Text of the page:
But then the fawn just fell right in
A nearby seabird, a gannet by name
Moved in quickly to stake its claim
An eater of seafood it was, by trade
Surely deer be fish if in water they stayed
The gannet moved in to claim its prize
And the deer could not believe their eyes
A bird trying to nibble on their young
That sort of thing was simply not done
Mother deer charged into the drink
Hooves caused the gannet to stop and think
Sullenly the bird pecked no more
And fallen fawn climbed grassy shore
Though the gannet swore upon its crest
That its next catch would not be wrest
It was forced to reflect upon that vow
When next plunged in moose calf and cow

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“We designed a sophisticated biological computer that requires only a circulatory system and nutrients to function,” Dr. Pullen said. “It doesn’t have as much raw computing ability as an inorganic machine, but it runs for far cheaper and, when networked together, is currently on the verge of achieving supercomputer status.”

“They look like goats,” said Ace Rogers, cub reporter for the State Online News.

“The goats are keeping the supercomputer parts alive,” Dr. Pullen said. “They eat grass, convert it to energy, and sustain the supercomputer nodes, which we network together using a wet/dry interface we’re very-”

“Are they just goats?” asked Shenika Daniels, tech reporter for the Campus Digital Gazette.

“They are organic supercomputers grafted to a goat,” Pullen said, visibly annoyed.

“So they are goats that are also computers but also goats?” asked Ali Farouk, sports and medicine correspondent for the Sri-State Sillicon Tribune 3.0.

“Sure, whatever,” Pullen sighed. “Can we move beyond the goats please?”

Dr. K. Harrison Noguma, faculty correspondent for the National Association of Tenured Professors, made a dismissive gesture. “Bah,” he said.

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With the shadowy, looming form in the distance, suddenly breaking into the zoo to steal drugs didn’t seem like such a brilliant idea after all.

“Dude, it’s just a giraffe,” said Denny.

“The giraffes are over there,” replied Will, his knowledge of the zoo undiminished from childhood visits. “That’s the boneyard.”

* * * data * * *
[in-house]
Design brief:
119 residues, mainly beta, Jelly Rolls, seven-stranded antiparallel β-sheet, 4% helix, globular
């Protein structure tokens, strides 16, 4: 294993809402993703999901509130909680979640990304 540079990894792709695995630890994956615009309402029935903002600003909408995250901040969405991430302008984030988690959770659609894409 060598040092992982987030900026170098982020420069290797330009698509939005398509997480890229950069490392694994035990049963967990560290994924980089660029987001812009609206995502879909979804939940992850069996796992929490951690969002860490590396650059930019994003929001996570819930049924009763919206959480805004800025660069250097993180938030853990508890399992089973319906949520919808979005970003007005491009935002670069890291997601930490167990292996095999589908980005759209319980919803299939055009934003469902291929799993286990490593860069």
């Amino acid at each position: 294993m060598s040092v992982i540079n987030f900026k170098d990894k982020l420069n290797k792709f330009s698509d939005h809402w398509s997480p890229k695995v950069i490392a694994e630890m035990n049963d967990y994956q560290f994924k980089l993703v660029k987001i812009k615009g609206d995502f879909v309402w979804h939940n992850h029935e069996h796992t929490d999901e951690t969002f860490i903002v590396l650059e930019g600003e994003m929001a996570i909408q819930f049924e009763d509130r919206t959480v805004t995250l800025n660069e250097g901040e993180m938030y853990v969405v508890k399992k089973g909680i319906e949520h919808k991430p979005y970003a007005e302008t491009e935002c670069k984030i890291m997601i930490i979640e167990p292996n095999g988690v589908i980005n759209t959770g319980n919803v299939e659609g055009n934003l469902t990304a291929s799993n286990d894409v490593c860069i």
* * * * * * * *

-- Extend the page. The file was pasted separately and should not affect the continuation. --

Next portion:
“Boneyard?” Denny said.

“They leave dead animals there to feed scavengers and dry out the bones for display,” Will said. “There shouldn’t be anything alive over there.”

And as the shape advanced toward them, quickly gaining speed despite its massive height and bulk, it soon became apparent that Will was right: there was nothing alive over there, and it was coming straight at them.

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The iconic image of the El Tigre blaze was the evacuation of the Rio Negrito Refuge, a rehabilitation center for endangered and vulnerable animals run by the International Wildlife Organization. As the flames bore down in the refuge, and the government pulled its firefighters back rather than attempting a firebreak, local volunteers worked frantically the evacuate the animals after most of the international staff deserted or were evacuated.

The image of Carmen Martinez y Garcia, tears visibly streaming down her face, evacuating a three-toed sloth in a saucepan as an apocalyptic column of flame and smoke rose behind them instantly became iconic. While 60% of the animals at the refuge were successfully evacuated, the remainder perished in the flames along with two volunteers, one of whom was Ms. Martinez. In the aftermath, the IWO and the newly-elected right-wing government both blamed each other for the debacle, with the IWO closing all its refuges while the government seized and nationalized those belonging to other organizations or independent entities. One bright spot was the saucepan sloth itself, a pregnant female soon nicknamed Saucy, who was taken in by the San Juan Zoological Gardens in Costa Rica and added to their breeding program.

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Hey hey, welcome back sun-spiders! Just a quick one today, but a fan of the channel over on ClipClop sent us the perfect gift as we move into spooky season: sofiugae
skins! They are just the cutest little costumes that we can put on our gerrymanders to make them the most dapper pet camel spiders out there. See, there’s a ghost, a bear, a barbershop quartet, and even a little zombie! Don’t worry: the costume stays on with friction and is made of inert natural fabrics, the little guys can take them off anytime they want. But they seem to love them! See, here’s Jerry VIII in the bear costume, and Y’Rrej IX as a teenie weenie ghost! Stay tuned for a full video costume review on both OurTube and ClipClop.